Copper futures snapped a four-session losing streak on strong economic data out of China, raising expectations that the world’s largest metals consumer will boost imports.
“You look at low [Chinese] inventory levels and today’s steady industrial demand, chances are the import numbers into China in the future might be healthier,” said Bart Melek, head of commodity strategy at TD Securities. “I suspect the market is seeing a bit more physical buying in China.”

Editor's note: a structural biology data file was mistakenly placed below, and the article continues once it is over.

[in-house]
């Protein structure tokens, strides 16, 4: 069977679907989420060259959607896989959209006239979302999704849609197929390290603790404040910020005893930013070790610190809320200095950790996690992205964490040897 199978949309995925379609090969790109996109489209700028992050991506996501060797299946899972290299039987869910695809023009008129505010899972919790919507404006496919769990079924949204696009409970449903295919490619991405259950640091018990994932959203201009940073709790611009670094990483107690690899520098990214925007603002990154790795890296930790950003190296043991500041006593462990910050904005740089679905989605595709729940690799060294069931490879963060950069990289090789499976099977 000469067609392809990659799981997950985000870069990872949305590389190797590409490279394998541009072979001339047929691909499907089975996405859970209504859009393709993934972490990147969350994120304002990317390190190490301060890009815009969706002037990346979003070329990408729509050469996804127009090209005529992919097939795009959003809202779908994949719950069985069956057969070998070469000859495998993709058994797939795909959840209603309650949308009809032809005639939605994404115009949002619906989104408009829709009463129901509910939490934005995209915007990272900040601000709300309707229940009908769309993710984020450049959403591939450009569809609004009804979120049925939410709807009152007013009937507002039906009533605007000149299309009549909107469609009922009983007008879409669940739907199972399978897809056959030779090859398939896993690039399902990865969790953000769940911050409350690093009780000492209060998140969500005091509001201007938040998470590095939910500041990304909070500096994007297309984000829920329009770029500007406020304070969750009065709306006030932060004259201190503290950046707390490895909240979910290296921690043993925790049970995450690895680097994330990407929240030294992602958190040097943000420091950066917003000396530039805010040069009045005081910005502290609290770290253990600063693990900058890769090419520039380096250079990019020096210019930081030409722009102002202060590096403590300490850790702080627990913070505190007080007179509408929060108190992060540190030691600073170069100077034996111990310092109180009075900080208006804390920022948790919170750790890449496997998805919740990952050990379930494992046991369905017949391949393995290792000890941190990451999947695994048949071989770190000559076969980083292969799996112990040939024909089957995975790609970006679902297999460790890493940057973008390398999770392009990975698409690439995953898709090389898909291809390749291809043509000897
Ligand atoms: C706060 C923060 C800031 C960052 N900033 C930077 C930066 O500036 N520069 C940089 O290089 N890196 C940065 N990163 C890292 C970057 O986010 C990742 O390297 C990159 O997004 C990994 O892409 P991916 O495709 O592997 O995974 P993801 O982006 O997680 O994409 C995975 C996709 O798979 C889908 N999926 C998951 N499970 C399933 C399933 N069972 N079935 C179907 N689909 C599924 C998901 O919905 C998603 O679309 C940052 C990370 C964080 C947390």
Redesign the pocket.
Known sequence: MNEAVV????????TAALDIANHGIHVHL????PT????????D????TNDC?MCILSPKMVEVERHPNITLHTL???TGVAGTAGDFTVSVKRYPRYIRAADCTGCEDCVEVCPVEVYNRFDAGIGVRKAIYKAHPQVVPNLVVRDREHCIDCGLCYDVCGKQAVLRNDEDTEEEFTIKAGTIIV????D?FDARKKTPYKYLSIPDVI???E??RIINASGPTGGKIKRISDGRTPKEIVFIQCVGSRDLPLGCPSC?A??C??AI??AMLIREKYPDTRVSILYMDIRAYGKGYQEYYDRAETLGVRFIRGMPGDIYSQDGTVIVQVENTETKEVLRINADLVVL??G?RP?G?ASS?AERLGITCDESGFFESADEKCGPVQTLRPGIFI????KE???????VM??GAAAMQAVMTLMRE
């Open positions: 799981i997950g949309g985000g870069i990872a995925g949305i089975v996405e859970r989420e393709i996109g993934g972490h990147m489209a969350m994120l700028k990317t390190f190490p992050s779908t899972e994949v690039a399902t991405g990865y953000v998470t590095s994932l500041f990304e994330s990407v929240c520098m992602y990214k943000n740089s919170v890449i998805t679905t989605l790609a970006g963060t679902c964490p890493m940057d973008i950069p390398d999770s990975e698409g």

“By July we will begin to see a steady increase in copper import levels,” says Barclays Capital base-metals analyst Nicholas Snowdon.
“Even that hand-to-mouth consumption has been enough to drastically draw down domestic stocks,” Barclays Capital’s Mr. Snowdon said.